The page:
The United Nations Food Systems Summit (UNFSS) has thrust food systems transformation onto the main stage of international discourse in 2021. As recognised by UN Secretary-General, António Guterres, food systems are at the heart of delivering on all 17 Sustainable Development Goals for people, planet and prosperity. There has been a growing recognition that the global food systems, as currently constructed, are flawed due to the high levels of food and nutrition insecurity, food losses and waste, rising levels of inequalities, health-related challenges, and high levels of environmental degradation arising from unsustainable production systems. This article provides reflections from my own experience as Special Envoy of the UN Secretary-General for the 2021 Food Systems Summit. It articulates the key drivers behind the conceptual shift towards systems thinking to addressing the world’s food challenges. The article discusses some of the challenges faced by the global food systems and highlights why a paradigm shift from the traditional narrow focus on production and self-sufficiency to a more holistic and integrated approach is urgently required. The article provides an African perspective to the food systems discourse, highlighting some of the priority actions identified by African stakeholders and articulated in the Africa Common Position to the UNFSS, which sets out Africa’s opportunity to turn adversity into opportunity through food systems transformation. The paper outlines some highlights of the Summit, with a view to emphasising the key transformative pathways and crucial next steps that are required at country and regional levels.
And the horizon stooping smiles/O’er treeless fens of many miles.1
To see the tidal defences and inland channels regulating water and protecting farms and communities is to marvel at the monumental task of transforming 1,500 square miles of wetland into the country’s best arable acres. With a habitat and history quite distinct from the rest of the country, we call this huge area the Fens: drained from the early 17th to the mid-19th centuries, at some cost to wildlife, nature and to a distinctive way of life for its people.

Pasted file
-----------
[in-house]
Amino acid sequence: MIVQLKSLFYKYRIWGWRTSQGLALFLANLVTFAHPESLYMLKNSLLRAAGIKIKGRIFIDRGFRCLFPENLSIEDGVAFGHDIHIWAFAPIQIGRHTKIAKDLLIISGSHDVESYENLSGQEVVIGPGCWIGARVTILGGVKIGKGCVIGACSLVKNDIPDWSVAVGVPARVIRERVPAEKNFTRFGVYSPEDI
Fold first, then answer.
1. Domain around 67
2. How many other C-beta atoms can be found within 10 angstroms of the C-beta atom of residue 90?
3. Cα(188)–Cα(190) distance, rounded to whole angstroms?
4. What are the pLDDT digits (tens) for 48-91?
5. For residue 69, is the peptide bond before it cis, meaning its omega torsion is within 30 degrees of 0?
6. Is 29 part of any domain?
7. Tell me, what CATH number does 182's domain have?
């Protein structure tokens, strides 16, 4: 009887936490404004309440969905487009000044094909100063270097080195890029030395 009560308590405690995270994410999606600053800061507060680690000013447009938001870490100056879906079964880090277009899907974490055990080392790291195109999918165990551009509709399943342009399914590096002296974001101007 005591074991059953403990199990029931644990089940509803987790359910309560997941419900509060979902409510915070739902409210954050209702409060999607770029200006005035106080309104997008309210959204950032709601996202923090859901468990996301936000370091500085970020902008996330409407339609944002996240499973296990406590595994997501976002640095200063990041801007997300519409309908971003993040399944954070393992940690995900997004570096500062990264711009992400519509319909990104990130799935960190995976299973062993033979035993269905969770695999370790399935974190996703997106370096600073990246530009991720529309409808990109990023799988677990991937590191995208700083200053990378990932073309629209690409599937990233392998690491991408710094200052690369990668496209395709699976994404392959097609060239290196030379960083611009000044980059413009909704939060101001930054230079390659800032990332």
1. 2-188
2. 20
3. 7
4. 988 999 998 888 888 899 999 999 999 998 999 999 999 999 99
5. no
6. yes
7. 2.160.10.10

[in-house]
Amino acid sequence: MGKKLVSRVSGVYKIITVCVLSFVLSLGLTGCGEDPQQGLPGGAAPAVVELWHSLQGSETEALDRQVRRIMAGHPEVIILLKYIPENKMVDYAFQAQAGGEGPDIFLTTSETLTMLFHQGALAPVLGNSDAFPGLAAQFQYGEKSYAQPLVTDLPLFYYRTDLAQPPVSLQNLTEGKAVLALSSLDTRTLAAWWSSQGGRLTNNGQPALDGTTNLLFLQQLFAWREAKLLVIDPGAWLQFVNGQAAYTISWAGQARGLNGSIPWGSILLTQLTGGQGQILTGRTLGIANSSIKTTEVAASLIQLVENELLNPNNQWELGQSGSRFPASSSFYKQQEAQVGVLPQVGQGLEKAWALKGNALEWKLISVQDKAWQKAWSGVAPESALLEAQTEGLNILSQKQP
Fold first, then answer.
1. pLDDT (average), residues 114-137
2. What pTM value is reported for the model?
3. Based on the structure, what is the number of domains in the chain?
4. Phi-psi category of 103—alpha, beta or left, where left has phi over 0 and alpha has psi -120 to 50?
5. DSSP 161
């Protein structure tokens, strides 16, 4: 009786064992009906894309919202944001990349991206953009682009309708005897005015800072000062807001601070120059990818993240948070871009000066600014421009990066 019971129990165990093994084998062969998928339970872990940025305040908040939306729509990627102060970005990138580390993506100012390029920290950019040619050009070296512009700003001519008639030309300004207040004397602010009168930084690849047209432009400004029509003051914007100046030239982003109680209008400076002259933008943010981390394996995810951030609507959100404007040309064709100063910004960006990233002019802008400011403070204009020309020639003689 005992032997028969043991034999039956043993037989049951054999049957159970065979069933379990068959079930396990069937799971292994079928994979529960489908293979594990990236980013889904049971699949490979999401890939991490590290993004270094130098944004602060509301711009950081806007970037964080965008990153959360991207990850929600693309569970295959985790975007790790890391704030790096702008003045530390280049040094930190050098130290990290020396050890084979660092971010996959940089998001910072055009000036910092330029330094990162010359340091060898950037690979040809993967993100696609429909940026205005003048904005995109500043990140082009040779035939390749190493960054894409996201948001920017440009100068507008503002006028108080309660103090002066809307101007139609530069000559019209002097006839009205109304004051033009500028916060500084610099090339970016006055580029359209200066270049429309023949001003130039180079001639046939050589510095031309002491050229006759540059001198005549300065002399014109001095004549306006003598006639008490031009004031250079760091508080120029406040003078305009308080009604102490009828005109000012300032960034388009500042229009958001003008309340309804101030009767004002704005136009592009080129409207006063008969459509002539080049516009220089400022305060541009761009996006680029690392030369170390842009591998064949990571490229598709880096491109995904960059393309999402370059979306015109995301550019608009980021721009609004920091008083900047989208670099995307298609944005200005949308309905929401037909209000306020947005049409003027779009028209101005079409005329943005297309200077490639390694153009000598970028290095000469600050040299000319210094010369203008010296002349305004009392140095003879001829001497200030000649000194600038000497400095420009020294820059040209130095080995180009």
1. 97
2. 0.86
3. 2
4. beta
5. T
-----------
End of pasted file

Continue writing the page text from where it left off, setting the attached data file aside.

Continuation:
For Daniel Defoe, it was ‘all covered in water like a sea … the soak of no less than 13 counties’:2 a giant sponge absorbing the water flowing into a landscape, once one of Europe’s great deltas and ‘most diverse environments’.3 Today it is interlaced by a network of straightened rivers, parallel channels, small reservoirs, endless long and high embankments, several hundred pumping stations and sluices to hold back water; all this to protect vulnerable and drained farmland, semi-rural communities and, further upstream, Cambridge itself.
Now these flatlands, a food bowl for Britain, often below sea level and leaching carbon into the atmosphere, are degrading as the ground sinks – and the country faces tough choices. Should part of them be returned to a natural state of meadow, marsh, meres (lakes) and meandering rivers – in short, ‘rewetting’, to contain carbon – with the remainder reinforced to protect farmland at a cost of billions over the 21st century? Will the government, when it finally considers the issue, authorize limited funding and make do and mend as best it can? Or are the Fens destined to eventually become a wetland once again, by default if not by design? As we shall see, tentative signs of action are emerging, with a new government task force charged with addressing the challenges in our lowland peatlands – none bigger than the Fens.4
‘My people will abide in peaceful habitation in secure dwellings…’.1
To renew our land, and rework the countryside, we need thriving villages and small towns: at their best, inclusive places with schools, shops, a post office, ideally a health centre-cum-neighbourhood hub and, of course, a pub. Most of all we need affordable, secure homes for those on low and middle incomes who underpin communities. Think of health and social care staff, shop assistants, those creating local food networks, land managers and farm hands – in greater demand to replace departing EU workers – and teachers, for a start. To achieve all this, as Scotland and Wales demonstrate, we need above all a functioning planning system at the heart of local democracy to assess and deliver community needs – none more important than affordable housing – and meet aspirations.
Behind the enduring images of timeless villages with period homes around manicured village greens – and of more remote spots offering solitude and spectacular scenery by the mountains and the sea – lies a hidden crisis. Rural Britain has, in large part, become the preserve of a moneyed elite, abandoning larger cities – an exodus intensified by the COVID-19 pandemic – while younger people, born in the countryside, are travelling in the opposite direction, often reluctantly, because they can’t find affordable homes.